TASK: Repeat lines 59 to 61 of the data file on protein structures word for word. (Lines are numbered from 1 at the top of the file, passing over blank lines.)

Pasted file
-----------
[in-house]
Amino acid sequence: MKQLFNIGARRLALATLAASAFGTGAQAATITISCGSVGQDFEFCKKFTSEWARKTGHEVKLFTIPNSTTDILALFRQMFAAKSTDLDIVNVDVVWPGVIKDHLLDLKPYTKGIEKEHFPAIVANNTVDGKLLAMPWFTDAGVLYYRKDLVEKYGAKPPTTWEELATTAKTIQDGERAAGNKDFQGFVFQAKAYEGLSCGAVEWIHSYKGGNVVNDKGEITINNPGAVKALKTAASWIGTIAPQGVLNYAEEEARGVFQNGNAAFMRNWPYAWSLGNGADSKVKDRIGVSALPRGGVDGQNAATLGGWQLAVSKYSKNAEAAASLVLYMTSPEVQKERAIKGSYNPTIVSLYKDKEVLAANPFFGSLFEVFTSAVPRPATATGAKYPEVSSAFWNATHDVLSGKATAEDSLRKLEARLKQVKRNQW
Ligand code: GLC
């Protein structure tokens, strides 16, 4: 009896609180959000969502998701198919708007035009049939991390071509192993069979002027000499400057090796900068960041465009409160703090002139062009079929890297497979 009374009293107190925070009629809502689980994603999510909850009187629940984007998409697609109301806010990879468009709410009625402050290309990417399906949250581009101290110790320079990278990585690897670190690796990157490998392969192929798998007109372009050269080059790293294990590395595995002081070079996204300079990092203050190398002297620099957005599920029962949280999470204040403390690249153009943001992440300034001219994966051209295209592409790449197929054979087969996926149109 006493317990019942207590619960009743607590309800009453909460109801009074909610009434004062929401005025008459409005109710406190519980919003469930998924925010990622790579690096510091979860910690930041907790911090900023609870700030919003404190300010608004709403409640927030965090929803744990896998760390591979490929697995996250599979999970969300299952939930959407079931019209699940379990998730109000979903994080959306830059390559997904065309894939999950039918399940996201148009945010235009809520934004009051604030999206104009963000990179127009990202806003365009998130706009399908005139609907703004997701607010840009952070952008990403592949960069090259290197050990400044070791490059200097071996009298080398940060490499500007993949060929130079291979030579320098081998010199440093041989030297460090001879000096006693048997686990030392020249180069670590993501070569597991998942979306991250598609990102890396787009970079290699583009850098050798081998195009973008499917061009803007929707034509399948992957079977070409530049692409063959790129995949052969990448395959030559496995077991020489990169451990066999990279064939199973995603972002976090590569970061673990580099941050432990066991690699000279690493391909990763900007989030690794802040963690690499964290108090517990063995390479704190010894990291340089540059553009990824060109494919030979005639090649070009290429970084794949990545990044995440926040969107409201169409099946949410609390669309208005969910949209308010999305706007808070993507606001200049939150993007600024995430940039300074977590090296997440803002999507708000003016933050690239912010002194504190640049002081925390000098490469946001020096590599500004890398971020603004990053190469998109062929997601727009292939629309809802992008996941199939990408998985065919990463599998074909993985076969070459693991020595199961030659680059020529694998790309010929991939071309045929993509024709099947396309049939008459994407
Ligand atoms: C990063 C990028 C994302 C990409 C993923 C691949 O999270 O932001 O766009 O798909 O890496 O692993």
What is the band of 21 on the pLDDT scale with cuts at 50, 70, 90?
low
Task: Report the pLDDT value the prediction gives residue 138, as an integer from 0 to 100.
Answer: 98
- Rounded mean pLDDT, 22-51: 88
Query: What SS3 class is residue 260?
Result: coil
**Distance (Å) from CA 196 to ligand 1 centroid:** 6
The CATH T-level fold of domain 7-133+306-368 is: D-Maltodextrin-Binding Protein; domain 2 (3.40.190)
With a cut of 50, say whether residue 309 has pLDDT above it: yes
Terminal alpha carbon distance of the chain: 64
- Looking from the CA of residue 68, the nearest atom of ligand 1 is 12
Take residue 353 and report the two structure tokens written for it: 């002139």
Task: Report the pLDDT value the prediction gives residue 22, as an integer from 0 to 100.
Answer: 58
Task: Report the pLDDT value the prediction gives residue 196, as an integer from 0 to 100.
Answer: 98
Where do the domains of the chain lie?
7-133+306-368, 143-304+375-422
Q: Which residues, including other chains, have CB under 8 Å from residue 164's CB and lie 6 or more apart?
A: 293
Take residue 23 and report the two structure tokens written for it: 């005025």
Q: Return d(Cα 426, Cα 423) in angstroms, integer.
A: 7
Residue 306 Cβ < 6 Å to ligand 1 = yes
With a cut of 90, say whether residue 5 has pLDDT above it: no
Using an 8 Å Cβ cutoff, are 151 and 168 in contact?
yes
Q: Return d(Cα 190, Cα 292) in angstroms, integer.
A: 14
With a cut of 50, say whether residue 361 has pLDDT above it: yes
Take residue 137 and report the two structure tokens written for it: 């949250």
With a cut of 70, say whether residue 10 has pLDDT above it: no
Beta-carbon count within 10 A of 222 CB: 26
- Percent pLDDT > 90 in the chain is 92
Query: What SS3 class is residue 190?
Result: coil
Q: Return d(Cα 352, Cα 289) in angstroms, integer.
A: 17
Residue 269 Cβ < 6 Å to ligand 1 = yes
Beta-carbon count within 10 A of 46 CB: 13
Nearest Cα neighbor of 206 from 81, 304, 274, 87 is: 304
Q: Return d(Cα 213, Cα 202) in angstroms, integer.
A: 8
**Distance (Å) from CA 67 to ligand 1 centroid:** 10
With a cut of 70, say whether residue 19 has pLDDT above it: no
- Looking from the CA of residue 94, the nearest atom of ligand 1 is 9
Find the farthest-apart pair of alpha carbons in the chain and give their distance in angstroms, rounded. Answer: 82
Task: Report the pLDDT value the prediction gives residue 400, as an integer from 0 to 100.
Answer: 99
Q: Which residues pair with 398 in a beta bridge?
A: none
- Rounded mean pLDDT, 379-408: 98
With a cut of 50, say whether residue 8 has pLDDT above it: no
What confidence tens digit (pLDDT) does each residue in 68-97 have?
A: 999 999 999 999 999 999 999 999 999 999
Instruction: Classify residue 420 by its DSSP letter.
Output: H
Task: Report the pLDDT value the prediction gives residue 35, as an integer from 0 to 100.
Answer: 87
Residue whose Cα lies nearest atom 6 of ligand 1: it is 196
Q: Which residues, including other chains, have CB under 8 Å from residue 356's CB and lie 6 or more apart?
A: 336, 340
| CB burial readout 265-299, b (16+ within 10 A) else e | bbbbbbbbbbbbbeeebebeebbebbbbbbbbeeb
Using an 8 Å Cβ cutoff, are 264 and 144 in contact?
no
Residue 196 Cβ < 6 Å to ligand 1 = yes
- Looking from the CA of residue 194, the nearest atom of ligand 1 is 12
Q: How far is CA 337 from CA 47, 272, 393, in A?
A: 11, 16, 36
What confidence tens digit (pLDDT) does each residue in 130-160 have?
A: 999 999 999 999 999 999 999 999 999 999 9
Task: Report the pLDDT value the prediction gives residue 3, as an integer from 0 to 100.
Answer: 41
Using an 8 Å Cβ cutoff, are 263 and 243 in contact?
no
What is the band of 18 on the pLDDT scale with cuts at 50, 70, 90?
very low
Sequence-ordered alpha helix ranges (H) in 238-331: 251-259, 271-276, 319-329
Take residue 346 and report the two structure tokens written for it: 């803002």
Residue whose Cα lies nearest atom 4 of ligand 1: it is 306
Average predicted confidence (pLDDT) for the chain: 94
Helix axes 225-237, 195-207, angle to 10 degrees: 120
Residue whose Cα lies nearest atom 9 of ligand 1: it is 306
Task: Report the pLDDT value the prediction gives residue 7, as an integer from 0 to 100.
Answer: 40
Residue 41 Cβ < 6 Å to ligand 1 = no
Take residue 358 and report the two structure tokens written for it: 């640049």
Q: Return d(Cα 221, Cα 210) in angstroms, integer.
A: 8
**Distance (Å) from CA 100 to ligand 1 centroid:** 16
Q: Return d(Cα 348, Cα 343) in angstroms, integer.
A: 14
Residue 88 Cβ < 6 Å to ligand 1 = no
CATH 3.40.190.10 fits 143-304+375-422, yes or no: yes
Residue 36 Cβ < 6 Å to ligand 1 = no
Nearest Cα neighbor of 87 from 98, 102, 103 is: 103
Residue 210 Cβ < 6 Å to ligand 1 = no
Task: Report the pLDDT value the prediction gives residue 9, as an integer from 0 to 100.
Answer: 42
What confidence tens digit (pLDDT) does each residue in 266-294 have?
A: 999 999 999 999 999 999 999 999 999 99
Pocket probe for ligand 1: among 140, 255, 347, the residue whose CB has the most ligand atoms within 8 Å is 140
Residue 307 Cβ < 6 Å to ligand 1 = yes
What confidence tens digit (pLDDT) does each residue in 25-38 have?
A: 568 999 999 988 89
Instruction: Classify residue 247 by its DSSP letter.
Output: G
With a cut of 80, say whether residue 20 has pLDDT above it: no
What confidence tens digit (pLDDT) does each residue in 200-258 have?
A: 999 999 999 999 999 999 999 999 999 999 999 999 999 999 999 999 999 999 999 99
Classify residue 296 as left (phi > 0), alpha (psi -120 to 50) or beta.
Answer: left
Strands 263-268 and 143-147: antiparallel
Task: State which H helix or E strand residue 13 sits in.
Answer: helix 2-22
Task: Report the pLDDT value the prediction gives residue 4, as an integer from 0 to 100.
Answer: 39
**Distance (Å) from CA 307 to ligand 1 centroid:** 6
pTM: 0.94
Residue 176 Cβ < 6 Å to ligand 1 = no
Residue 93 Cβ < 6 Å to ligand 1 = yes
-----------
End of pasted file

With a cut of 50, say whether residue 8 has pLDDT above it: no
What confidence tens digit (pLDDT) does each residue in 68-97 have?
A: 999 999 999 999 999 999 999 999 999 999